More than a half-dozen world-class ski resorts are less than 100 miles west of Denver. The trouble is that they're also some of the most popular — and there's really only one road to get to them: the dreaded Interstate 70.
"In the beginning, I could leave at 6:30 [a.m.] or 7 [a.m.] and get here in one hour," said Midhun Mohan, who has skied at Loveland Ski Area for the last eight years.
"But now, I probably have to leave at 5:30 [a.m.] on a day like this," he said on a recent Saturday morning.
Travel time to this ski area just 60 miles west of Denver has increased by an average of 15 minutes since 2014, according to state data. On Martin Luther King Jr. Day weekend in 2019, more than 175,000 vehicles traveled this section of I-70. Travel time to Denver can reach three hours — or longer.
"Last year, when our family went skiing in Vail, it took six hours to get back on a Sunday night," said Gov. Jared Polis.
So the Colorado Department of Transportation has partnered with three ski resorts, including Loveland Ski Area, to run round-trip buses on weekends. Because buses are more efficient than cars at moving large numbers of people on a tight, winding two-lane highway, state officials hope they'll take enough cars off the road to alleviate some congestion.
"It was great. I think it's the future," said Mohan, a first-time bus rider.
But Colorado's bus fleet, with a capacity of about 500 passengers in a weekend, isn't big enough to have a noticeable effect on traffic just yet. And since launching in December of last year, they're running less than half full. Bob Wilson, spokesman for the Colorado Department of Transportation, said it takes time to build up ridership.
"What we're hoping for is for the program to expand," Wilson said. "And the more cars, more vehicles, we can get off the roadway, the better it's going to be. Even if it's a small dent, it's a dent nonetheless."
Fares start at $25 round trip and are subsidized by resorts to keep them low.
"We're trying to be part of the solution," said John Sellers, marketing director at Loveland Ski Area. "Every person that gets on that bus essentially reduces a vehicle on I-70 and opens up another spot in our parking lot."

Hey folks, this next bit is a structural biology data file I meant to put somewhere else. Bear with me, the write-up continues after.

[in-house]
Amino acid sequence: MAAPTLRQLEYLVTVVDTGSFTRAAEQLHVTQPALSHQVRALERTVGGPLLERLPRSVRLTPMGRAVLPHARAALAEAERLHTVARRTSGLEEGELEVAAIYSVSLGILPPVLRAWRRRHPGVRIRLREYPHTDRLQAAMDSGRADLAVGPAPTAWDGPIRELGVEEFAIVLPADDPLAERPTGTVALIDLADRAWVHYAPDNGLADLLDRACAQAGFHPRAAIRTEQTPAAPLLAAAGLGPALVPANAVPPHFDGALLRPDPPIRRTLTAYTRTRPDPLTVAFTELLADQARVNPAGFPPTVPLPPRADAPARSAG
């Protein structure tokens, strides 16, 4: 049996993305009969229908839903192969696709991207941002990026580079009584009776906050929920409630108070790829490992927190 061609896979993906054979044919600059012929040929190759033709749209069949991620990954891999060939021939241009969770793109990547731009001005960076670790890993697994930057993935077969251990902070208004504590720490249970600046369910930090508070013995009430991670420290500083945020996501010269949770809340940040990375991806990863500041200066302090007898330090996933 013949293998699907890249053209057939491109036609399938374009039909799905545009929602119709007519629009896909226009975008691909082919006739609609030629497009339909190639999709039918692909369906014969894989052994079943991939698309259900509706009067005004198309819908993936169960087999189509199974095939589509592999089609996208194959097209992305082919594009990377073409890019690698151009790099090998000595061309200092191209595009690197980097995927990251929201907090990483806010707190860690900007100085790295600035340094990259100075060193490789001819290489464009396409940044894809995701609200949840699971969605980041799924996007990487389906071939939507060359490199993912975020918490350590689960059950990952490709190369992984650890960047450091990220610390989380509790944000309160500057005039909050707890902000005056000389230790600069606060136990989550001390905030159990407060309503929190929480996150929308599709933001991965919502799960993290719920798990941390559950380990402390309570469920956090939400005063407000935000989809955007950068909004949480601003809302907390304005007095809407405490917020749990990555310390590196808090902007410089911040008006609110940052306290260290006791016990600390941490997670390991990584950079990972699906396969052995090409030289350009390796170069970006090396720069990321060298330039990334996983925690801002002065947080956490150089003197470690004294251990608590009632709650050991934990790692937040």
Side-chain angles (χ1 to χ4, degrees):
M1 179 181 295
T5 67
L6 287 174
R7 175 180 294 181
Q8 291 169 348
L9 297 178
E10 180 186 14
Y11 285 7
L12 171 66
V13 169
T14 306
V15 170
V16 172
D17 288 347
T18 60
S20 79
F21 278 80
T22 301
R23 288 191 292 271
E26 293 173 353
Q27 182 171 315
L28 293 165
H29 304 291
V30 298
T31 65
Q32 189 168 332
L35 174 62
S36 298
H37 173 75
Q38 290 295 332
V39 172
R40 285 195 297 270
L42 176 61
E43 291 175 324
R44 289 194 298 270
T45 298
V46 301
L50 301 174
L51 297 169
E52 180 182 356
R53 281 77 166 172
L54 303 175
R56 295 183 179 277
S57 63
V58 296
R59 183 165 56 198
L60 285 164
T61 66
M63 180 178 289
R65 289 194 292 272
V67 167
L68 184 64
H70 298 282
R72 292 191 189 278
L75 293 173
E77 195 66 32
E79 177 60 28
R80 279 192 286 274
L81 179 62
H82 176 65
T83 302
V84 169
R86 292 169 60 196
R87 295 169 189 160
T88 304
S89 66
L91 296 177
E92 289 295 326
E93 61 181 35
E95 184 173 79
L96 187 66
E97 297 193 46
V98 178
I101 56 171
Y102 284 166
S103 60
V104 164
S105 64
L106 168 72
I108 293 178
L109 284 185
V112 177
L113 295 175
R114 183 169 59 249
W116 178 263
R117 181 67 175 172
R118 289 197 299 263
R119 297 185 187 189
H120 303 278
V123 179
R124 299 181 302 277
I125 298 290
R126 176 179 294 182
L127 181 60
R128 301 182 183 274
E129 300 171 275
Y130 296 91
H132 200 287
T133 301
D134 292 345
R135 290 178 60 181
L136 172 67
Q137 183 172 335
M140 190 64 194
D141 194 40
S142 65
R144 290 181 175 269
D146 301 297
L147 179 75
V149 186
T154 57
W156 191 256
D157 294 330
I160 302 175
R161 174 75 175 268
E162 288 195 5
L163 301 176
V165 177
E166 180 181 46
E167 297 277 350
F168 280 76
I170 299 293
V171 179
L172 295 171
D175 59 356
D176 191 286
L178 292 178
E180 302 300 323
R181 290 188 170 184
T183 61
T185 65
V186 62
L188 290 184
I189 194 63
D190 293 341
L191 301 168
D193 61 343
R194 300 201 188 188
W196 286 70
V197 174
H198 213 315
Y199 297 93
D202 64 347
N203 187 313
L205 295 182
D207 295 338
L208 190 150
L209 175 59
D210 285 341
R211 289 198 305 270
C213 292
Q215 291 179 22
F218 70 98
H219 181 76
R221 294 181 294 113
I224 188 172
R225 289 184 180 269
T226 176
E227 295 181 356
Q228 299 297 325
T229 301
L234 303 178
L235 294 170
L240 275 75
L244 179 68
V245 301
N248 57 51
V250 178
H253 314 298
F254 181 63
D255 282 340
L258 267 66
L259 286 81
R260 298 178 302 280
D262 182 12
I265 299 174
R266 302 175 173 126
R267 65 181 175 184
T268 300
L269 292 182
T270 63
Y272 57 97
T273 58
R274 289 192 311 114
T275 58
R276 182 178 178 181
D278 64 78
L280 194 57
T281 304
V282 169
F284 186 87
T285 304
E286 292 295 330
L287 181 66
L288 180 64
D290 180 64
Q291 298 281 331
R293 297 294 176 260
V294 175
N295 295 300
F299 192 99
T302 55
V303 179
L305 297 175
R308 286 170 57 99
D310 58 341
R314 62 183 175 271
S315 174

But that price was not quite low enough for Kyle Helm of Denver.
"We did a little bit of calculation as far as like how much money we spend on gas to get up here," he said. "And we have a dog that we take. If it weren't for the dog, we'd probably take it."
There is more than just gas prices to consider. Using the Internal Revenue Service's mileage rate, which factors in things such as wear and tear, it costs about $70 to drive to Loveland and back.
But driving is deeply ingrained here, from the flexibility that cars give to the party atmosphere in resorts' parking lots. Even at 9 a.m. on a Saturday, scores of skiers and snowboarders were sipping craft beers and smoking marijuana.
"Buses aren't usually for me," said Clay Briar of Golden, Colo., because cars give him space for "extracurricular activities."
"Sitting in a bus in traffic with smelly strangers, I'm not for it," added Emily Maynard, who was sipping a canned vodka cocktail with her friend Lauren Feathers in the back of a Subaru.
Colorado is not alone in dealing with ski traffic. The canyons outside Salt Lake City can jam up on weekends and powder days as well. One resort there began charging parking fees this season to incentivize using public transit. A resort outside Boulder, Colo., pulled back on a similar plan in 2018 after intense public pushback.
Briar and other skiers said they'd love to take a train to the mountains — those wouldn't get stuck in bad weather and would operate outside traffic completely, they argue. But there are no active plans to build a passenger train service of any sort along I-70. One previous study of different types of trains from Denver to the Vail area estimated it could cost $10 billion to $32 billion.
So for now, skiers will have to be content to wait — either in their cars or on buses.
"I guess it's just the price you pay to ski," Feathers said.